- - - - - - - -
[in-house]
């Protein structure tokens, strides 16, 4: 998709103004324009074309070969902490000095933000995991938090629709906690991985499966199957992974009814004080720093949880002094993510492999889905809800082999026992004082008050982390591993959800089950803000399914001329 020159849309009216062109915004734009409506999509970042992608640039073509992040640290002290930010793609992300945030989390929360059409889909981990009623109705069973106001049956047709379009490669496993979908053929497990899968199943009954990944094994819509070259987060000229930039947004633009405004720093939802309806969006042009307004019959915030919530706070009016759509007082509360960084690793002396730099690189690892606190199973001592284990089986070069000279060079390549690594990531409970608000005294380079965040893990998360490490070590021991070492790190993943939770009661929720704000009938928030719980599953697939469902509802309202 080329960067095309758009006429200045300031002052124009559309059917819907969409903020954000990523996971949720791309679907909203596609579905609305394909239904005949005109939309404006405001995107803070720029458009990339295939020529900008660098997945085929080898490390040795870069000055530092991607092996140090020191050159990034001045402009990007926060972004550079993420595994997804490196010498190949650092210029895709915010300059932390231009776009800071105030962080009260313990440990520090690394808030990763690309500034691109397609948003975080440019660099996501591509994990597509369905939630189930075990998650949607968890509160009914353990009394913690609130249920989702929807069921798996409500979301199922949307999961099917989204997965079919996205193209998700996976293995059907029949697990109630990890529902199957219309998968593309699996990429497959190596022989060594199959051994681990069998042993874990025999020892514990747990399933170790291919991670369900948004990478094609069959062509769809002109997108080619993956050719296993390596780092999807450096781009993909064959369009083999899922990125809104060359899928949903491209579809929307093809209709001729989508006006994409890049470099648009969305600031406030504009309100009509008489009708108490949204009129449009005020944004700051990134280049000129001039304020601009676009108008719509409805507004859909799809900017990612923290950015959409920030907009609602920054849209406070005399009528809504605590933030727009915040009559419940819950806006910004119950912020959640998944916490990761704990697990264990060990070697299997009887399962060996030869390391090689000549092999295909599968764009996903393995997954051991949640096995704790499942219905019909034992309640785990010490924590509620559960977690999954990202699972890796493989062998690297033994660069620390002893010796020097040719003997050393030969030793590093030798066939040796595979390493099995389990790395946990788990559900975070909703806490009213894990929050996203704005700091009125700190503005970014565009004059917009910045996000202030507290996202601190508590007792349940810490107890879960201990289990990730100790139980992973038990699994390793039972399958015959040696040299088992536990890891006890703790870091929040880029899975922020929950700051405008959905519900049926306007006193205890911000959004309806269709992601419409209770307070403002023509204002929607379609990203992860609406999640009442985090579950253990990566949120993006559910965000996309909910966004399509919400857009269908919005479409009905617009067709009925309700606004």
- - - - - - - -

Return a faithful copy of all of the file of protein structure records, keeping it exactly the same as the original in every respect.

[in-house]
């Protein structure tokens, strides 16, 4: 998709103004324009074309070969902490000095933000995991938090629709906690991985499966199957992974009814004080720093949880002094993510492999889905809800082999026992004082008050982390591993959800089950803000399914001329 020159849309009216062109915004734009409506999509970042992608640039073509992040640290002290930010793609992300945030989390929360059409889909981990009623109705069973106001049956047709379009490669496993979908053929497990899968199943009954990944094994819509070259987060000229930039947004633009405004720093939802309806969006042009307004019959915030919530706070009016759509007082509360960084690793002396730099690189690892606190199973001592284990089986070069000279060079390549690594990531409970608000005294380079965040893990998360490490070590021991070492790190993943939770009661929720704000009938928030719980599953697939469902509802309202 080329960067095309758009006429200045300031002052124009559309059917819907969409903020954000990523996971949720791309679907909203596609579905609305394909239904005949005109939309404006405001995107803070720029458009990339295939020529900008660098997945085929080898490390040795870069000055530092991607092996140090020191050159990034001045402009990007926060972004550079993420595994997804490196010498190949650092210029895709915010300059932390231009776009800071105030962080009260313990440990520090690394808030990763690309500034691109397609948003975080440019660099996501591509994990597509369905939630189930075990998650949607968890509160009914353990009394913690609130249920989702929807069921798996409500979301199922949307999961099917989204997965079919996205193209998700996976293995059907029949697990109630990890529902199957219309998968593309699996990429497959190596022989060594199959051994681990069998042993874990025999020892514990747990399933170790291919991670369900948004990478094609069959062509769809002109997108080619993956050719296993390596780092999807450096781009993909064959369009083999899922990125809104060359899928949903491209579809929307093809209709001729989508006006994409890049470099648009969305600031406030504009309100009509008489009708108490949204009129449009005020944004700051990134280049000129001039304020601009676009108008719509409805507004859909799809900017990612923290950015959409920030907009609602920054849209406070005399009528809504605590933030727009915040009559419940819950806006910004119950912020959640998944916490990761704990697990264990060990070697299997009887399962060996030869390391090689000549092999295909599968764009996903393995997954051991949640096995704790499942219905019909034992309640785990010490924590509620559960977690999954990202699972890796493989062998690297033994660069620390002893010796020097040719003997050393030969030793590093030798066939040796595979390493099995389990790395946990788990559900975070909703806490009213894990929050996203704005700091009125700190503005970014565009004059917009910045996000202030507290996202601190508590007792349940810490107890879960201990289990990730100790139980992973038990699994390793039972399958015959040696040299088992536990890891006890703790870091929040880029899975922020929950700051405008959905519900049926306007006193205890911000959004309806269709992601419409209770307070403002023509204002929607379609990203992860609406999640009442985090579950253990990566949120993006559910965000996309909910966004399509919400857009269908919005479409009905617009067709009925309700606004």